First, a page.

Clenbuterol is not classified as a specified substance under the AFL Anti-Doping prohibited list, nor is it approved for human use in Australia even though it can be used to treat asthma. It is legal in Australia as a veterinarian medication which is often used on horses with breathing problems. It can also be used by vets as a muscle relaxant. Clenbuterol is also known to reduce fat and promote weight loss. Thus it is considered performance-enhancing and is therefore banned by WADA. It is well-known in the world of professional sport and became prominent in 2010 when Spanish cyclist, Alberto Contador, was stripped of his title and banned for two years for testing positive during the Tour de France. Contador claimed he had eaten contaminated meat, but the excuse failed. The same defense was used by another cyclist, Australian Michael Rogers, during the 2014 Beijing competition and he was cleared.
According to Dr Peter Larkins, Clenbuterol has been used by bodybuilders, to reduce body fat and also to improve muscle strength. Larkins says it has been used illegally in world sport for several decades. The IOC also has a ban on the substance. Because it can only be prescribed to vets, Larkins says the only ways to obtain it would be from a veterinary supply or on the black market. Larkins said that although he didn't know the details at Collingwood, he did say it would be "pretty dumb" to use something such as this to prepare.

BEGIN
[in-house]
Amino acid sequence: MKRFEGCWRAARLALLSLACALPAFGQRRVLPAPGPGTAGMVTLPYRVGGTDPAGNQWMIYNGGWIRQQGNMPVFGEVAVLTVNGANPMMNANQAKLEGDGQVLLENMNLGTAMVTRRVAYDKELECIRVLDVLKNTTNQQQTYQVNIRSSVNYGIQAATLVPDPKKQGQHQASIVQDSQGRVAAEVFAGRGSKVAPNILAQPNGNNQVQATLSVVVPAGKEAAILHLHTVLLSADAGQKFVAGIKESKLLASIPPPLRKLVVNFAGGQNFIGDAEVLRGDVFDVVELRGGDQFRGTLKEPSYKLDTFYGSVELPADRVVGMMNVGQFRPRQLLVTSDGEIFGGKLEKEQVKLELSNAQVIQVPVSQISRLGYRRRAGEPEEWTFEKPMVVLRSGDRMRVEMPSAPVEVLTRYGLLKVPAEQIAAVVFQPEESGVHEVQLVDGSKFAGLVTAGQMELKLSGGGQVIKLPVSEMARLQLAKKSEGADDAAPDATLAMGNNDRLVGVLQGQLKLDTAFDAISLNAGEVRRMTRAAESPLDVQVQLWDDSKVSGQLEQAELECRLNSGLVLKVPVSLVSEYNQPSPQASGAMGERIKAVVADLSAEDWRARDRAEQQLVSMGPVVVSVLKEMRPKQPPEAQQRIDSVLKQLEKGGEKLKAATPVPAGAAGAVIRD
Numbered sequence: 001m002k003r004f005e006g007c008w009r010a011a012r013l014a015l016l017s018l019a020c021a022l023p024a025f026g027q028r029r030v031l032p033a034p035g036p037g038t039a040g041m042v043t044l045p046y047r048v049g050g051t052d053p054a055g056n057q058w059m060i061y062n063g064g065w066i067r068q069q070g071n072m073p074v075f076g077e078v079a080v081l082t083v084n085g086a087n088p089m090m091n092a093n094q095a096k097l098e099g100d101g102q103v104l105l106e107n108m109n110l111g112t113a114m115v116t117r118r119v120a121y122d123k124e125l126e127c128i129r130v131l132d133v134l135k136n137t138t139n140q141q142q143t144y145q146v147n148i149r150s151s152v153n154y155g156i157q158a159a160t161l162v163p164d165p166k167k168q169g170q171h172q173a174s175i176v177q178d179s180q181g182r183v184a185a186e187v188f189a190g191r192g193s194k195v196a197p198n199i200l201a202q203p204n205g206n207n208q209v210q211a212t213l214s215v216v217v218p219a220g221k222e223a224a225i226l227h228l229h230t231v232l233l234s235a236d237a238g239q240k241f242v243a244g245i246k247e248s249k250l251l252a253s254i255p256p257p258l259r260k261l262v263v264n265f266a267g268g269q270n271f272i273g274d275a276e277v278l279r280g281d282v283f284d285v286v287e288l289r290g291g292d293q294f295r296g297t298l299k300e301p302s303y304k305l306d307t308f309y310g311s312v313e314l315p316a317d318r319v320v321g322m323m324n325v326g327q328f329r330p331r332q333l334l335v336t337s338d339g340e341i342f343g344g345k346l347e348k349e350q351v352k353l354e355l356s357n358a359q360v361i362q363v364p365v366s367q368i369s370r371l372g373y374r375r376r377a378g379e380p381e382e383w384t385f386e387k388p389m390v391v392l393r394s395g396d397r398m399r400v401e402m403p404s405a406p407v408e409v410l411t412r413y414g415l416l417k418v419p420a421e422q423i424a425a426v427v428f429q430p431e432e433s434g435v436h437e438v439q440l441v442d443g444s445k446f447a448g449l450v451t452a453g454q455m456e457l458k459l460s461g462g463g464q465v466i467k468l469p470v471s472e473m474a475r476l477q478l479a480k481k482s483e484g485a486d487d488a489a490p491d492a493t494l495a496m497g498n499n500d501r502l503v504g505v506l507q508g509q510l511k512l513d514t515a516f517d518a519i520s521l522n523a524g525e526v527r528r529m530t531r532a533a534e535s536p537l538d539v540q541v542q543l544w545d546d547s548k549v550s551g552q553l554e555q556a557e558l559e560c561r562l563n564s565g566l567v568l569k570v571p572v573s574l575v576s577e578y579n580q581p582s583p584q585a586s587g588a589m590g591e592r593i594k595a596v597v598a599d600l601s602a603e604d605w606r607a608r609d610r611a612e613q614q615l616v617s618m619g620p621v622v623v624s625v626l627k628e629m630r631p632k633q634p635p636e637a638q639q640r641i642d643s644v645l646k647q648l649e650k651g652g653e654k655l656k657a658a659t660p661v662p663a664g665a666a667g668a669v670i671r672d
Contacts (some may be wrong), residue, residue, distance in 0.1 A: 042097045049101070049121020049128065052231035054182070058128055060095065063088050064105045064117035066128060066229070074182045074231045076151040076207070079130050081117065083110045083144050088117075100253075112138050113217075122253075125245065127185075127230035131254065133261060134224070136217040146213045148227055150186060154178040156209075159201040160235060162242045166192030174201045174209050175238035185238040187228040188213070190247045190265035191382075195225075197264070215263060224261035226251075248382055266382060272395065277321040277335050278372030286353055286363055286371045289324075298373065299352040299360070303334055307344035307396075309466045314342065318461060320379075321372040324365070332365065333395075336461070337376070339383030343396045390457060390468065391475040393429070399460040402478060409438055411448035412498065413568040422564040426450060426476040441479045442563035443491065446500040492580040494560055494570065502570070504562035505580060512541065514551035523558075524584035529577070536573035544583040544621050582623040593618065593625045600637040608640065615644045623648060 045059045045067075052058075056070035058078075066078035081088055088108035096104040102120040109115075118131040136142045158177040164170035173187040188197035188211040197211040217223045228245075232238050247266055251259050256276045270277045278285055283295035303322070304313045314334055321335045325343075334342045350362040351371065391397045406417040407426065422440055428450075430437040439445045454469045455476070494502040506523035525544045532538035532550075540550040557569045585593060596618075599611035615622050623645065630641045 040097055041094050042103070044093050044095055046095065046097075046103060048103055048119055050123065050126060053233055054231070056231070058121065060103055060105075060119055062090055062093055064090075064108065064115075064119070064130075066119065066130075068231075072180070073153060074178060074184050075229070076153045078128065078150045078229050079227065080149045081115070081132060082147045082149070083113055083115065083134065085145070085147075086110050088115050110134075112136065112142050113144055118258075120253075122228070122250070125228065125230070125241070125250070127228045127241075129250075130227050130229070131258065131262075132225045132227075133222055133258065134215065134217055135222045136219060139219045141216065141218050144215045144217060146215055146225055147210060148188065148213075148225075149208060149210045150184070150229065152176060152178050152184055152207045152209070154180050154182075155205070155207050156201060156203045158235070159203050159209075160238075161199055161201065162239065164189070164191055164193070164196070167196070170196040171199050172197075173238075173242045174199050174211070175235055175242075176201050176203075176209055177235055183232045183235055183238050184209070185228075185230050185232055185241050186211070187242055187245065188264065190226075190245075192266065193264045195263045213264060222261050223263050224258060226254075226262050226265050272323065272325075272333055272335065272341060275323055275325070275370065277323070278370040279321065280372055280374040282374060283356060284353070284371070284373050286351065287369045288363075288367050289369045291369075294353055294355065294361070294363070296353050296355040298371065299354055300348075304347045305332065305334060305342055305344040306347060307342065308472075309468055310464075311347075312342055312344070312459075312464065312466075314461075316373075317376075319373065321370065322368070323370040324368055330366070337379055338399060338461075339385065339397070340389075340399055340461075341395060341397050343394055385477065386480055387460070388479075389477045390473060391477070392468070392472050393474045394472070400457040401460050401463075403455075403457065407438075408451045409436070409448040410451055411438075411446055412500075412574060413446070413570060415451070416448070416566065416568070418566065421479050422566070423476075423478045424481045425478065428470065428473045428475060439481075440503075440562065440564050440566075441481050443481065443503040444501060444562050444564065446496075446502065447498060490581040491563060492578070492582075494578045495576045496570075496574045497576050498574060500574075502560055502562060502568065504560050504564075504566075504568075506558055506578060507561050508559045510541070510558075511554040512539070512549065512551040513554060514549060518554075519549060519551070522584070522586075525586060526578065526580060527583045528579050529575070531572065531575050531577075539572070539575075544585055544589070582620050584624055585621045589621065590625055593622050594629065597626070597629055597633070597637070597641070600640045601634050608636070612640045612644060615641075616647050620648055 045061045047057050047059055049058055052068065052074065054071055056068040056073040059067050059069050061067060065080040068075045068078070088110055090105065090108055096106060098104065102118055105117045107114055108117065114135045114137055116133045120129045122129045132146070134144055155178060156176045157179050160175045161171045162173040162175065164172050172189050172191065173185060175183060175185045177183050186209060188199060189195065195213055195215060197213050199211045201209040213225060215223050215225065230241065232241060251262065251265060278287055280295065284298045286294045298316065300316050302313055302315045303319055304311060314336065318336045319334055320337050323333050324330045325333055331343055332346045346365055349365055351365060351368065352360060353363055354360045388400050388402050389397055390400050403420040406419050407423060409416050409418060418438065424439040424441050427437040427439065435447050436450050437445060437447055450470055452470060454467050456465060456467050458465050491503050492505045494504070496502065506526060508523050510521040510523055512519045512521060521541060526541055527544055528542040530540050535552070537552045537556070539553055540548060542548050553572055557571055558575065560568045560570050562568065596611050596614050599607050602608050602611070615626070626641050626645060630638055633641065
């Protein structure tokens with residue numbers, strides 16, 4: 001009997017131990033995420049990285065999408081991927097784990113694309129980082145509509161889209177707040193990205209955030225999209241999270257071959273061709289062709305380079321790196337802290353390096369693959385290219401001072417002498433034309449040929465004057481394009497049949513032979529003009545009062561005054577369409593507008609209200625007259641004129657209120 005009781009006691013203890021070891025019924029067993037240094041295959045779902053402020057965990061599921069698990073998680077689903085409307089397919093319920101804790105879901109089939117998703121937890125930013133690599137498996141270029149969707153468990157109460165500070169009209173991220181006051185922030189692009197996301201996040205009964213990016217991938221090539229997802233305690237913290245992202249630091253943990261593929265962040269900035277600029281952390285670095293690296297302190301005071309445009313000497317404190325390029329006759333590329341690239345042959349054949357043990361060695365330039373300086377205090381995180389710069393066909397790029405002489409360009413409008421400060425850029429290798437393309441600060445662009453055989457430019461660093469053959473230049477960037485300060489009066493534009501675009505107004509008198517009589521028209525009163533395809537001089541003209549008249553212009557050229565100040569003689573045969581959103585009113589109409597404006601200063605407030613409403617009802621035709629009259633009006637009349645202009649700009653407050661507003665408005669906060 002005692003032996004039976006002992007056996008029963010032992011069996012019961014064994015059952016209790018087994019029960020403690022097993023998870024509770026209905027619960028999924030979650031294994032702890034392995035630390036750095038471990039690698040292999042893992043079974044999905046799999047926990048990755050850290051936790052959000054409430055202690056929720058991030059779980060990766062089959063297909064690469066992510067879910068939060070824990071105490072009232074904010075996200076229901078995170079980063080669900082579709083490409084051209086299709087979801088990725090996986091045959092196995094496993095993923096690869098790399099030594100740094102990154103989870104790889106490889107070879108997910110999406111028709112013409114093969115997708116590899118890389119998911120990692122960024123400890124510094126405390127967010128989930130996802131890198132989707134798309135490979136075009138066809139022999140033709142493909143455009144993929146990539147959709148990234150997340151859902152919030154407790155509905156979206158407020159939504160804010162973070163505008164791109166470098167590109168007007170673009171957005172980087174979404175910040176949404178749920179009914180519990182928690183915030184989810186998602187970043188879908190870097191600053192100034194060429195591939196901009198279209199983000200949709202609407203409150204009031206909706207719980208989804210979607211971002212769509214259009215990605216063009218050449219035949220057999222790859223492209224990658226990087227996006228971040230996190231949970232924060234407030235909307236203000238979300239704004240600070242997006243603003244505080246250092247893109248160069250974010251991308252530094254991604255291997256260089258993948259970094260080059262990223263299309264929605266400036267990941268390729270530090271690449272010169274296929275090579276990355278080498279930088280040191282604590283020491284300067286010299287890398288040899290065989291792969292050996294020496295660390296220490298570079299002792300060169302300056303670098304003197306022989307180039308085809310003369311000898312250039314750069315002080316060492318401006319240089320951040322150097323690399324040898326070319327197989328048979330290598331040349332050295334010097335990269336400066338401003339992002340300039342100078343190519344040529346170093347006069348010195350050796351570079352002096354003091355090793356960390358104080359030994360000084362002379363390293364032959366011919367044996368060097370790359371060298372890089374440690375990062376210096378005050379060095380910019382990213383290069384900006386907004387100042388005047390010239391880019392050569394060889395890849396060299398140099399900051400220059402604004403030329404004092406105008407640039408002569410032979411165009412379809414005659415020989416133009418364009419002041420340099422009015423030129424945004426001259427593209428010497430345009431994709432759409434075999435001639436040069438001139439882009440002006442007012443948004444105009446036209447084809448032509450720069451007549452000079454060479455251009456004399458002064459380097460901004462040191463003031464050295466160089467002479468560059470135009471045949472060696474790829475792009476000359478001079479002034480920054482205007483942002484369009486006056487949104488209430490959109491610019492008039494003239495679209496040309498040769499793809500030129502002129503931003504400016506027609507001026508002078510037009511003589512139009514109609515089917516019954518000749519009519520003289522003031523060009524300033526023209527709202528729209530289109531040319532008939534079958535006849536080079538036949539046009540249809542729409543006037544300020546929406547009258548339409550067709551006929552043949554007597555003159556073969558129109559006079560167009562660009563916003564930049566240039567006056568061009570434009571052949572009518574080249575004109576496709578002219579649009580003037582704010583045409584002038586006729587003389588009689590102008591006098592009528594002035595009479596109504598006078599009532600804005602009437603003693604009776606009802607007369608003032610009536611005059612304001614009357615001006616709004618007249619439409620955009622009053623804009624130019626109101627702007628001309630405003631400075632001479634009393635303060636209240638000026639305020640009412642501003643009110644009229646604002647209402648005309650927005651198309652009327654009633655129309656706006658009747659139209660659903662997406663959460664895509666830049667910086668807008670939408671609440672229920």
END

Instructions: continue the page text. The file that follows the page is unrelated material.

While the AFLPA wanted to keep the names of the players confidential, Collingwood preferred to make it public to avoid a shadow hanging over the rest of the playing group. Keeffe and Thomas, who have been best friends since joining the club, have denied taking the drug and, according to Coach Nathan Buckley, are “shell-shocked” by the allegations. Buckley said the pair, who have been "joined at the hip" since coming to the club, were "cleanskinned" and would be at the bottom of his list of anyone who would even consider taking banned substances. He, CEO Gary Pert and football director Neil Balme all had nothing but praise for the duo and said the club is devastated and shocked by the news. Buckley described the two players as decent and upstanding. Buckley also said the pair have endured injury problems in their brief careers but they have been doing the right thing by working hard to recover and get on with their careers.